It is reasonable to choose the man of reason over the man of faith under the circumstance that reason is a process well thought through and constructed with tangible or manifest things on exhibit, while faith is mere persuasion without such construction materials. Generally, from overt examples today, that is what occurs in practice dividing the man of reason from the man of faith.
Yet, there is the see-saw effect flipping the scales of what is reasonable. Jesus, for example, according to Matthew, told his close disciples “take heed and beware of the leaven of the Pharisees and of the Sadducees.” The disciples reasoned that he said this because they had forgotten to bring bread with them, perhaps pointing out their mistake in an indirect way. Whatever. They missed the starting point with their perception and their reason took off on a jaunt all its own.
Jesus perceived what was going on with their reasoning abilities and said: “O ye of little faith, why reason ye among yourselves because ye have brought no bread?” Then, he launches into reminding them of the miracle of the five loaves that fed five thousand people and the seven loaves that fed four thousand. With each, he asked them to remember how much was leftover.
The doctrine of the Pharisees and the Sadducees
Jesus had been speaking about the doctrine of the Pharisees and the Sadducees, not chastising them for forgetting to bring bread. So, it was not that reason was a bad thing. What was of little faith about their reasoning was that they weren’t even on the same page with him. They were too concerned with what he thought about them.
Their reason was self-centered or, in other words, their egos were the little tyrants of their reasoning abilities. On the flip side of this, it is possible for the man of reason and the man of faith (persuasion) to become one.
One of the great things about our ideal for the man of reason is that he does not think of himself in the equation. Rather, he deals with facts and tangibles to deduce what the true value is. The problem with the man of faith we know today is that he is a fact and a tangible that has nothing to construct his persuasion with other than a set of words on a page. Though he is tangible, he has nothing tangible to offer toward true value. He is more concerned about himself and his persuasion than anything else. “My faith! My God!” Hear the little tyrant now.
When Jesus reminded the disciples, according to the example of Matthew, he pointed to two miraculous events that reason could not fathom and yet it was an event that no one’s faith or persuasion has ever been able to duplicate since. In Matthew’s example, the miraculous events were the tangibles.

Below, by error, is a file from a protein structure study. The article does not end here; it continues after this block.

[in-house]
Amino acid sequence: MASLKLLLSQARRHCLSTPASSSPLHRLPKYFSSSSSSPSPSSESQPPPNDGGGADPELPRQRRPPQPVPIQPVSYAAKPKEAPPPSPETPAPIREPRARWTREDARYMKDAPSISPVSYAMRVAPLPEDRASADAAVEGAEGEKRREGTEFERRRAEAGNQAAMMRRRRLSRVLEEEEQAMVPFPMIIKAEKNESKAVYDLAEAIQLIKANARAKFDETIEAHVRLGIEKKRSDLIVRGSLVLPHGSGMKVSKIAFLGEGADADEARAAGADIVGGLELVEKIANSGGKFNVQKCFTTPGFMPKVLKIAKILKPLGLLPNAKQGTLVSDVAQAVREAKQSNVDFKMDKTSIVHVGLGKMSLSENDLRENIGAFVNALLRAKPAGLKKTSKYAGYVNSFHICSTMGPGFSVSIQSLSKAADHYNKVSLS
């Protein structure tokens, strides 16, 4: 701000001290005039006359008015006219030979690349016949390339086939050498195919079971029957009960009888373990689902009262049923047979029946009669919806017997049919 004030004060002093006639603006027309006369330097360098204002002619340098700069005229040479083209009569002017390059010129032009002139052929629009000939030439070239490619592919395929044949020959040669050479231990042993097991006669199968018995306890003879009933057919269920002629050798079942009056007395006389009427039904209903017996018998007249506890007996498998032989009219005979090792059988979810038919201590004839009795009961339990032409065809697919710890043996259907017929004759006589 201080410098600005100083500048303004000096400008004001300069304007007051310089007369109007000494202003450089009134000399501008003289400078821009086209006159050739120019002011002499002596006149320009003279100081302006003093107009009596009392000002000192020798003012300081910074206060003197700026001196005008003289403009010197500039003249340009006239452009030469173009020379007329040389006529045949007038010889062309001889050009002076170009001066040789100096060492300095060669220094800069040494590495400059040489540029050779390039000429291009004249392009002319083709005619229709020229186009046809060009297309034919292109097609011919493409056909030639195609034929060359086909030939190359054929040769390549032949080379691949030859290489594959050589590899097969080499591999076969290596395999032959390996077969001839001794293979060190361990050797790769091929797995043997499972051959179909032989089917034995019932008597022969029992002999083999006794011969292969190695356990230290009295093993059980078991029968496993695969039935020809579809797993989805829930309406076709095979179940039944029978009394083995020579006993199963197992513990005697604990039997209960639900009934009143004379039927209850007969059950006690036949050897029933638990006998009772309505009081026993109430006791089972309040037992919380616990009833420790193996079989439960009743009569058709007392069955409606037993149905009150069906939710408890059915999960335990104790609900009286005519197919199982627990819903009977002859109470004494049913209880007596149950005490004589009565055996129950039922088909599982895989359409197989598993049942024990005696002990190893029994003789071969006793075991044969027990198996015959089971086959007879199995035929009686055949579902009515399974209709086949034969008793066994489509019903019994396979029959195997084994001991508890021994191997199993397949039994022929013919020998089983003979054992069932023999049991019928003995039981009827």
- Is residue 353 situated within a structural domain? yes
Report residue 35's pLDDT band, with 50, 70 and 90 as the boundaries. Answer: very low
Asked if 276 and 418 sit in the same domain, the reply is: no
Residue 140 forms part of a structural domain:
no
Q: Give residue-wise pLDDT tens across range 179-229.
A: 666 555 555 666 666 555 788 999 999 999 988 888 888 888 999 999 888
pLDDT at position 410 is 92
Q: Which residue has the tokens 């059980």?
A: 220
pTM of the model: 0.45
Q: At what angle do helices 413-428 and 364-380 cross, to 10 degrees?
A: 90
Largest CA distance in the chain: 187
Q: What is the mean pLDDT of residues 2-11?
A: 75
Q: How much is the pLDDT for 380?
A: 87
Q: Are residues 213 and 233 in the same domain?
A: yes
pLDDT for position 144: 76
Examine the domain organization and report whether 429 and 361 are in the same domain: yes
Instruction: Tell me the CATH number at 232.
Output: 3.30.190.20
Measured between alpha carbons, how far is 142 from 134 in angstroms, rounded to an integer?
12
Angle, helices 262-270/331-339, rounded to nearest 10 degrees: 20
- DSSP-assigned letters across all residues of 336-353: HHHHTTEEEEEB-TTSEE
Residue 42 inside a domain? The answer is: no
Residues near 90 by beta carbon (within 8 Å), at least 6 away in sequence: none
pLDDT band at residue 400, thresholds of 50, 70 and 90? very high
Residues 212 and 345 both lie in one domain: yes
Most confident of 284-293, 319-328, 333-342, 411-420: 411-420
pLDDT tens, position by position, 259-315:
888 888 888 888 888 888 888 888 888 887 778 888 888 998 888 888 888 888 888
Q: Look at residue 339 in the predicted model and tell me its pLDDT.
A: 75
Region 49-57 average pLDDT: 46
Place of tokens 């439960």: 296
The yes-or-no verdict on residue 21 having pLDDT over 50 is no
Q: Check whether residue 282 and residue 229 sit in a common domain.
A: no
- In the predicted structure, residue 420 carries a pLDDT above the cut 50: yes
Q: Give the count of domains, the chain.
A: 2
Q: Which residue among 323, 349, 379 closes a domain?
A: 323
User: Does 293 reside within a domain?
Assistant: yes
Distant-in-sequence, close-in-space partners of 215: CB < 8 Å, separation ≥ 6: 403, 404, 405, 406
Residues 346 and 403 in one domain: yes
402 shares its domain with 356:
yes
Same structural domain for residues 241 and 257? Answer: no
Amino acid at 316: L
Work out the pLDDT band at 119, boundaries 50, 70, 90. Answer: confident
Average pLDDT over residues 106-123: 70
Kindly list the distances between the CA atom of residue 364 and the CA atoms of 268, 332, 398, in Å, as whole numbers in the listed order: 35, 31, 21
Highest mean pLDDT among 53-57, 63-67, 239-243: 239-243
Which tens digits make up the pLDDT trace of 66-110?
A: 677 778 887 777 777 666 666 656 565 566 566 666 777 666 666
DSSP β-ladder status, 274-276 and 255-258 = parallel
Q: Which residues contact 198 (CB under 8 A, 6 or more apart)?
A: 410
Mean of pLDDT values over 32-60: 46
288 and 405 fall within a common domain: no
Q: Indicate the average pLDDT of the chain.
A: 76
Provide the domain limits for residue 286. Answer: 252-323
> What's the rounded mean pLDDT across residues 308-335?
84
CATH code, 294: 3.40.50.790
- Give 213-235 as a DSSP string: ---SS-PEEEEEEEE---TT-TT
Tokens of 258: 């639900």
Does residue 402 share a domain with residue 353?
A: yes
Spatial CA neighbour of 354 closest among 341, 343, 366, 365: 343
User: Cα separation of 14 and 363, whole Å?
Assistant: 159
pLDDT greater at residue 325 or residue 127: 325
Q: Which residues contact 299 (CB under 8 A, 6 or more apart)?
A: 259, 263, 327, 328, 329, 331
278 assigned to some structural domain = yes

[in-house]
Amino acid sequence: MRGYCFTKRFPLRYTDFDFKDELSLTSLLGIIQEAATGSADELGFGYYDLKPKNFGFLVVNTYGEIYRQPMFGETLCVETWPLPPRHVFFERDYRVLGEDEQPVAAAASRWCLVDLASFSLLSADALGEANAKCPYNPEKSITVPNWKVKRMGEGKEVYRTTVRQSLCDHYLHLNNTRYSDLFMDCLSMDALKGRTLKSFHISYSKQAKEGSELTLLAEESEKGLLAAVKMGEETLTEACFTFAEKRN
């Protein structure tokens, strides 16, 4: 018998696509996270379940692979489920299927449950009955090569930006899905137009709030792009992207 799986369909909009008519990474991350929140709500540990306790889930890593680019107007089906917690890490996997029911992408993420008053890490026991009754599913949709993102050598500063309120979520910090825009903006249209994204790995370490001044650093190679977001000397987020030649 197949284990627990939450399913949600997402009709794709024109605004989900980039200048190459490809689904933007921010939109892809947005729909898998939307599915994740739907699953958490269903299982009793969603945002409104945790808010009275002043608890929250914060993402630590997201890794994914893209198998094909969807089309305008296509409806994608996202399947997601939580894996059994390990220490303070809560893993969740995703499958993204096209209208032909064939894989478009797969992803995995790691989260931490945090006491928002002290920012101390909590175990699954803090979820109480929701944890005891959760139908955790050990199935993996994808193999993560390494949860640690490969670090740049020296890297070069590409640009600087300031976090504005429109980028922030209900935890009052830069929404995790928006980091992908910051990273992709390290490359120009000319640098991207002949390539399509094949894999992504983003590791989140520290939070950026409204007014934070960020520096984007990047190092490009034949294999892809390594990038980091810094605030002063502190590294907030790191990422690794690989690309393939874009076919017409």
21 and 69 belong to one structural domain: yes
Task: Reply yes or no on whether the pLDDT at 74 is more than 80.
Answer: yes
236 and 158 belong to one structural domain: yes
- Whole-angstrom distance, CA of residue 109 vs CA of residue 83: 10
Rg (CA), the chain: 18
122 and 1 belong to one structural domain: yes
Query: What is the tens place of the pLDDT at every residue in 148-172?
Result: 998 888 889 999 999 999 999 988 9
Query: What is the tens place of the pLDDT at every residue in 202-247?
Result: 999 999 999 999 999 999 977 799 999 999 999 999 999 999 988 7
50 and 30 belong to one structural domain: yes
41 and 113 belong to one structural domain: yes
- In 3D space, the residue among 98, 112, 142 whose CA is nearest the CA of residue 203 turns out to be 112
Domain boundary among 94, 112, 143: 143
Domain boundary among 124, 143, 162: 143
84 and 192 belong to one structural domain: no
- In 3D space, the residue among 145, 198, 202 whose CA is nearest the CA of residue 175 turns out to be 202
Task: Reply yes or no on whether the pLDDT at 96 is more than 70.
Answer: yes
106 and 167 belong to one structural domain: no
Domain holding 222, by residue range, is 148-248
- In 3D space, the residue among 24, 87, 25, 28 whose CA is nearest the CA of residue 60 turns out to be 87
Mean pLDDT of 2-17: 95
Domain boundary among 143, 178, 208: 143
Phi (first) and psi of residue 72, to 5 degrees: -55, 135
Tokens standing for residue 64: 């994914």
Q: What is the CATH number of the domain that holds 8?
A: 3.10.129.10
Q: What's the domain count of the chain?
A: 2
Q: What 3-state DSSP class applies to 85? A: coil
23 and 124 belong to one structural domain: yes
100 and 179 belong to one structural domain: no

Whether one believes in miracles or reasons that miracles cannot happen is beside the point. Matthew’s esoteric viewpoint is one that shows anyone who is looking at that reason and persuasion must be based on tangibles and real-life events.
Unfortunately, for the man of faith, the things written in the Bible do not happen today.
There is no Jesus walking around with disciples. There are no miraculous healings, except the ones you hear about on another continent but never see with your own eyes. When it all comes down to constructing something real, it is all hearsay persuasion, until the man of faith does like Jesus. Of course, that will never happen as long as Jesus is revered as unreachable God, instead of the epitome of what is possible for mankind to accomplish. It will never happen as long the man of faith persuades others by sheer numbers and political clout, instead of the inner powerhouse of one man or woman doing the impossible.
Unfortunately, for the man of reason, reason by itself cannot feed the starving masses in this world, because there are reasons for-profit and genocide, which are reasons for wealth and population control. In other words, reason has many persuasions when it is not on the same page with good intent for ALL mankind.
Until the man of reason and the man of faith, as scribed in the Jesus example above, come together as one, there will be no reason strong enough to effect change to help mankind in totality and there will be no persuasion heavy enough to crush the evils brought on by the separate men of reason and faith.
When such things are taken into account, it is neither the man of reason nor the man of faith that should be celebrated. But, if there were a man-made of both…he would beware of the doctrine of the Pharisee and the Sadducee.